What do you mean by “fringey”? Talent wise there’s a fit for everyone in college. They have to be all-in though no matter what level they’re playing or they won’t last long.
They fit into two different categories. The first: Tons of potential but very raw because they didn't start playing softball (and in some cases, any sport at all) until high school, and now they only play with me. If they had people at home working with them, got on good travel teams, etc. they could probably develop into pretty good players. I do my best with them, but I am limited by both rules and how much time there is in the day to work with them.

The second group: A couple players who know the game, have talent, but don't have the talent of elite players. They've played before, but only rec league/all-stars. They might be overmatched for a while, but I think they would adjust to better competition. Even at their best, they're not superstars.

I think in both cases, their best chance to play in college is to find a school that, essentially, just needs players. And of course academics come first, but for those who have expressed interest in playing at the next level, I'd like to be able to send them some a list of some schools to check out.
 
Oct 2, 2011
3,024
63
Florida
I think in both cases, their best chance to play in college is to find a school that, essentially, just needs players. And of course academics come first, but for those who have expressed interest in playing at the next level, I'd like to be able to send them some a list of some schools to check out.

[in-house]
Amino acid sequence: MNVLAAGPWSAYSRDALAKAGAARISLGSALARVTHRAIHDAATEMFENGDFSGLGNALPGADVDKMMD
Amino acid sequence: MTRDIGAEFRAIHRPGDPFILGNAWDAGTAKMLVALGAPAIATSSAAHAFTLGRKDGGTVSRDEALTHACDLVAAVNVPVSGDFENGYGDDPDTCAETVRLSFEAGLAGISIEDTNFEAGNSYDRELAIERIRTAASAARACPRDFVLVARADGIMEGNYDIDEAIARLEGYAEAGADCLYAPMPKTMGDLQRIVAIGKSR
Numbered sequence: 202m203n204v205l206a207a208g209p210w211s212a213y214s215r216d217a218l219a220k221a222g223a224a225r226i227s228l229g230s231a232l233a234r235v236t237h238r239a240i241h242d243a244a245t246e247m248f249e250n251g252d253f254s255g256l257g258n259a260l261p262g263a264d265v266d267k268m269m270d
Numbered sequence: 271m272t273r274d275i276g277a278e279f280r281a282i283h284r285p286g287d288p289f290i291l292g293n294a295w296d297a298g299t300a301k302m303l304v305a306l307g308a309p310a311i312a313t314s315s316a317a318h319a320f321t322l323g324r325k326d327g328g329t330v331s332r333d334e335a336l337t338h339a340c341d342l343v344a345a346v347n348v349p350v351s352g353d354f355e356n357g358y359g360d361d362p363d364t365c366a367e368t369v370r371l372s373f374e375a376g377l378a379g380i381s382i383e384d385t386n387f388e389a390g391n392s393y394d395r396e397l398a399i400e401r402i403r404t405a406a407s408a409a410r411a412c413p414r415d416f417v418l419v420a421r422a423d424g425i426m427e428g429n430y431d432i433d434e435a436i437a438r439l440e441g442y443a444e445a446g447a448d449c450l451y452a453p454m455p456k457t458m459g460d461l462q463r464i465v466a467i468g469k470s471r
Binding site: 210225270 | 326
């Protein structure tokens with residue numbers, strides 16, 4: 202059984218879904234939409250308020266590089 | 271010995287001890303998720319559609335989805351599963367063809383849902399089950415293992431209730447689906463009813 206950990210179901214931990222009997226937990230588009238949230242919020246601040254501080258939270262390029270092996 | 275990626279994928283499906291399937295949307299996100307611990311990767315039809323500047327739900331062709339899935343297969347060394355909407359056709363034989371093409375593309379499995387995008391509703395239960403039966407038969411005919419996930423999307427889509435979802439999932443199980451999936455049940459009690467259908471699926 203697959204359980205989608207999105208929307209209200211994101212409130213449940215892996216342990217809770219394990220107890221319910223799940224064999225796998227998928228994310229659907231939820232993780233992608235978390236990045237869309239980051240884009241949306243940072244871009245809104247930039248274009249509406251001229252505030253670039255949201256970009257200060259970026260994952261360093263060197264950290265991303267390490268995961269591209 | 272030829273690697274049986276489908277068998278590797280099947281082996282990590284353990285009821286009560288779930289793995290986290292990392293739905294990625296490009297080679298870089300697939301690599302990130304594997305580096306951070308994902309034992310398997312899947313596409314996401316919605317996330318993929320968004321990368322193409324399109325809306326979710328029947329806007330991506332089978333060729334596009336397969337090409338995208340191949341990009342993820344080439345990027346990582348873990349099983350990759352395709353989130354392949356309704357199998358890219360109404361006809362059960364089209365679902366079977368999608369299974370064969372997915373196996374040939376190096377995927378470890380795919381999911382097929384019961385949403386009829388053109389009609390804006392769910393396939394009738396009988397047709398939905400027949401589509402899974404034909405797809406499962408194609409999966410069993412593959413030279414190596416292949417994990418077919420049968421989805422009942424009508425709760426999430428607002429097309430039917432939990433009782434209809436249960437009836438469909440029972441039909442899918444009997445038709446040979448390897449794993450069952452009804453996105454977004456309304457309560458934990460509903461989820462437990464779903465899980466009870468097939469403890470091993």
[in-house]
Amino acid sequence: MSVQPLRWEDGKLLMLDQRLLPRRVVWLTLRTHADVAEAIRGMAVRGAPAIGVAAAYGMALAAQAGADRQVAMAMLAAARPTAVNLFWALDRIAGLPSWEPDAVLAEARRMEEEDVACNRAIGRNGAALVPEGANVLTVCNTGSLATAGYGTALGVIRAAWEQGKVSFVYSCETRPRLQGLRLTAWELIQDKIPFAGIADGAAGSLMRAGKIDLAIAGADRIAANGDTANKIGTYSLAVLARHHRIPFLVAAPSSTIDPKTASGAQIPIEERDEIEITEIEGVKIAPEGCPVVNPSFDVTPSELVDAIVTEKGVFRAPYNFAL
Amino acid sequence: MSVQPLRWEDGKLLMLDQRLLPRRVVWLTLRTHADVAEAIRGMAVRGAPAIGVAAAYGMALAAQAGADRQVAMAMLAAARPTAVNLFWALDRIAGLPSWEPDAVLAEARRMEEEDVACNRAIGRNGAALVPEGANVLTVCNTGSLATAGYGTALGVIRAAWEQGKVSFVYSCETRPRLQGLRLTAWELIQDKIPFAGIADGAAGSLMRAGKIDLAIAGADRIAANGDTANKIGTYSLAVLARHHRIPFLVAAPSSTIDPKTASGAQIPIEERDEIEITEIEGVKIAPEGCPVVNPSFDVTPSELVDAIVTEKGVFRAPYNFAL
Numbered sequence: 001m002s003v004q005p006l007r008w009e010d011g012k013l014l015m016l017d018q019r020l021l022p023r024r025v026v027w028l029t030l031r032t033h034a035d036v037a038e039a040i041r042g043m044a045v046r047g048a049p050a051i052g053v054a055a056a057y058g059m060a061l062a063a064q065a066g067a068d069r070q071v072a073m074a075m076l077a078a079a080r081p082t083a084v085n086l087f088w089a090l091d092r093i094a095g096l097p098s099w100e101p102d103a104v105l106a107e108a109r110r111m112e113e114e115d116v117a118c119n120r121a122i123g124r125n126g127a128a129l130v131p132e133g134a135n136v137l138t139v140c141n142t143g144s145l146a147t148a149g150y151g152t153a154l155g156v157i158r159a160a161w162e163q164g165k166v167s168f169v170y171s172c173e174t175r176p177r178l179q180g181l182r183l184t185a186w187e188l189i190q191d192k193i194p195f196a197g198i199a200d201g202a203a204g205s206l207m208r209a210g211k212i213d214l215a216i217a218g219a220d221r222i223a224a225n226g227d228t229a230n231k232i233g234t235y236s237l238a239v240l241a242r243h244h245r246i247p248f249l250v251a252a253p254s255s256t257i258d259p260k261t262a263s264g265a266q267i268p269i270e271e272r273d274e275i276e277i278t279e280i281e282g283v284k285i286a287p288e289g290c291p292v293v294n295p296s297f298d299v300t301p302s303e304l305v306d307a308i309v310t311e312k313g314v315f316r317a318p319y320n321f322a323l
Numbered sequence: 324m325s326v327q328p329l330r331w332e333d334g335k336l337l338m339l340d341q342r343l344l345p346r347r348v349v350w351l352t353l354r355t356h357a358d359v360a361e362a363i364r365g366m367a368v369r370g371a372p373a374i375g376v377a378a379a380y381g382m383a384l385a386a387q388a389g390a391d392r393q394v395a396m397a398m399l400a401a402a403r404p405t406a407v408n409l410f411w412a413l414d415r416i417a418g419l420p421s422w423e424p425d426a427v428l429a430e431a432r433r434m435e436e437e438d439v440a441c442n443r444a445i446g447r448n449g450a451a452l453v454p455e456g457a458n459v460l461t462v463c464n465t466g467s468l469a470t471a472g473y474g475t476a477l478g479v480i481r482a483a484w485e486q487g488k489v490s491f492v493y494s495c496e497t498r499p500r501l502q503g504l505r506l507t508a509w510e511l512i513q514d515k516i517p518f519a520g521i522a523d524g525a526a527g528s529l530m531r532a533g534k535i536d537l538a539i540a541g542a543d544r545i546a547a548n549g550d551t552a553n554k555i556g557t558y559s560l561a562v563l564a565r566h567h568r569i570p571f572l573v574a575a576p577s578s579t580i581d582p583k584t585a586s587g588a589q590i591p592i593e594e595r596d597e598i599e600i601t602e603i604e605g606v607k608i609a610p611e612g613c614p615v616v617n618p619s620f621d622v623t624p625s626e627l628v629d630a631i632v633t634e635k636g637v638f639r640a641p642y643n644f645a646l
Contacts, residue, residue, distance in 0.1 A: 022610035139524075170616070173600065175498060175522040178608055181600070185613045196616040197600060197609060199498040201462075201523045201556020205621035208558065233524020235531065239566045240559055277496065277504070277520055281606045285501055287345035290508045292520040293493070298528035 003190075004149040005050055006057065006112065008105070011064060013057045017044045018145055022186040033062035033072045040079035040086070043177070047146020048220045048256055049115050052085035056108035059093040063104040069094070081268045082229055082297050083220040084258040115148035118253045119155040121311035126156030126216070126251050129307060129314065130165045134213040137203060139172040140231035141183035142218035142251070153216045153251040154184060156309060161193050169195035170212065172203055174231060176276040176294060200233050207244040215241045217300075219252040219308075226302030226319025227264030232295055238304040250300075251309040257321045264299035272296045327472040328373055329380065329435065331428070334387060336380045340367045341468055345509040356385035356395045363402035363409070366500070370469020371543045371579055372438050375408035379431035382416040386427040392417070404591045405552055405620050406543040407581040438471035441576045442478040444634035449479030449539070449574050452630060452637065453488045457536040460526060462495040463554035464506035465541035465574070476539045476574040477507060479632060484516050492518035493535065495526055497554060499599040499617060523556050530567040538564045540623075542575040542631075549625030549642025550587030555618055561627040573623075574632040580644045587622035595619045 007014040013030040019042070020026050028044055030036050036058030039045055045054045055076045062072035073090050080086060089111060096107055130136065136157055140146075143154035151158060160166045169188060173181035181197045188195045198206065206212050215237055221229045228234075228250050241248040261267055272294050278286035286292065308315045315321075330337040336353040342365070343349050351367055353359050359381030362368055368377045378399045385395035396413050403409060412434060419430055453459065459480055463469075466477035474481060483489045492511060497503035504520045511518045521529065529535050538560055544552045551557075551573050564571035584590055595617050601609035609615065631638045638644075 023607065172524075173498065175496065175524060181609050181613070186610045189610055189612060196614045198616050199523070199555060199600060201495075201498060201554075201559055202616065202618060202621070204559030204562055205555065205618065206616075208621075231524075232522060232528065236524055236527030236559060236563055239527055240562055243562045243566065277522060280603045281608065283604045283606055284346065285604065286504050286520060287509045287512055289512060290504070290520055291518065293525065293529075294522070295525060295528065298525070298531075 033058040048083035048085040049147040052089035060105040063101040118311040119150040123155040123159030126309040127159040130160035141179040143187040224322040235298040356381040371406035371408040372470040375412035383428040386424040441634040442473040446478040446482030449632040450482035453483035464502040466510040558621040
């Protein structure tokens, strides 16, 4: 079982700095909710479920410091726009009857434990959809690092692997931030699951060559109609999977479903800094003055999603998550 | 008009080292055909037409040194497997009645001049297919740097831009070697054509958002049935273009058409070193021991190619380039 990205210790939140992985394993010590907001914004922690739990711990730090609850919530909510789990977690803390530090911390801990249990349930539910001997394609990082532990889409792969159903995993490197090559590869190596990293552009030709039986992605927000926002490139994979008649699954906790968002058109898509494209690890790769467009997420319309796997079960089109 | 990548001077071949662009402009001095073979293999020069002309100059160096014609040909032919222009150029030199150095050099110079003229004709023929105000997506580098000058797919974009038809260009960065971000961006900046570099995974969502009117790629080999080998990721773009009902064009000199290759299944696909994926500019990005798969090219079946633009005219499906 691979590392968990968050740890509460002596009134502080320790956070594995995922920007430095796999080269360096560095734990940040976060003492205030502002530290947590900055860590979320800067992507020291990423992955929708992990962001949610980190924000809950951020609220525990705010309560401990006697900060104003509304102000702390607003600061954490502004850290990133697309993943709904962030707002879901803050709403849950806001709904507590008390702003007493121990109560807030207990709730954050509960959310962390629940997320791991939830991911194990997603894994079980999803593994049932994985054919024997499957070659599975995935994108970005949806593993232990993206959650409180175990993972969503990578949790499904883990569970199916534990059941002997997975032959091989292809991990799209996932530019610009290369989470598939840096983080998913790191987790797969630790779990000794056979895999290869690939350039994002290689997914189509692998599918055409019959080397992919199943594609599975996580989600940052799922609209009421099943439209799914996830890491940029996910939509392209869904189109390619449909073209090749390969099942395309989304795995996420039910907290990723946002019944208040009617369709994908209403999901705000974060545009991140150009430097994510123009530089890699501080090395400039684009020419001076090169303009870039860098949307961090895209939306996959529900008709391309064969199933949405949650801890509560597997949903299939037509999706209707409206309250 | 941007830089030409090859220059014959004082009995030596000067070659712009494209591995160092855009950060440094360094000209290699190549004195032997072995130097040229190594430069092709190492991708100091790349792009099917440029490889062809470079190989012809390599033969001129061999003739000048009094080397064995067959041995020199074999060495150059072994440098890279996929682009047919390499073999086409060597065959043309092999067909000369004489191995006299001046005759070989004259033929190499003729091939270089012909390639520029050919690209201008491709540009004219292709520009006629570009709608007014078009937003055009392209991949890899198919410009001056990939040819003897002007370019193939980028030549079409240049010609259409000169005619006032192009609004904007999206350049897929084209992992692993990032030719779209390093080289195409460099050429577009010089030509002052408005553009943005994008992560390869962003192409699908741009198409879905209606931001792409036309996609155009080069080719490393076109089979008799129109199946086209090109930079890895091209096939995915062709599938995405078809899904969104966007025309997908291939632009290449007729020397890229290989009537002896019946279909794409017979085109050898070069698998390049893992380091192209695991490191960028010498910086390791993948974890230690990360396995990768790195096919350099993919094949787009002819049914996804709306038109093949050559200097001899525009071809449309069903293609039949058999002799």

I will add to what I wrote above - you may want to also look at club softball as an option. That is all just sign up once you are on campus.

In most cases the NCAA/NAIA schools I mentioned above who are not deeply committed to softball and live on walk-ons. Even if they play a division which allows athletic scholarships they probably don't have them funded.
 
Feb 12, 2015
23
1
Honestly the best place to see all the programs that exist is on the NCAA, NAIA and NJCAA sites and then do your research from there. Got to match up the education and the program - if you can find their major and a team going 5-30 it is worth looking into further. I wouldn't be focused on 'new' programs - I would be focused on programs where there is a recent history of not being all that great.

'New' programs are actually just as all over the place as others - and are dependent on the school and the school's investment and it is independent of division in many ways. Duke was immediately competitive in D1 - I expect Clemson to be the same when they come on board (though they probably have a harder path). In D3 the new program at Carnegie Melon will be competitive REALLY fast. FTCC look like they are going to be competitive (Hi Crystal) quickly

At the same time there is new teams at places like ASA Miami which are going to struggle and so on.
You will have an easier road to finding these sites and programs through the NFCA site. Here's the link:

https://nfca.org/index.php?option=com_content&view=article&id=6249&Itemid=176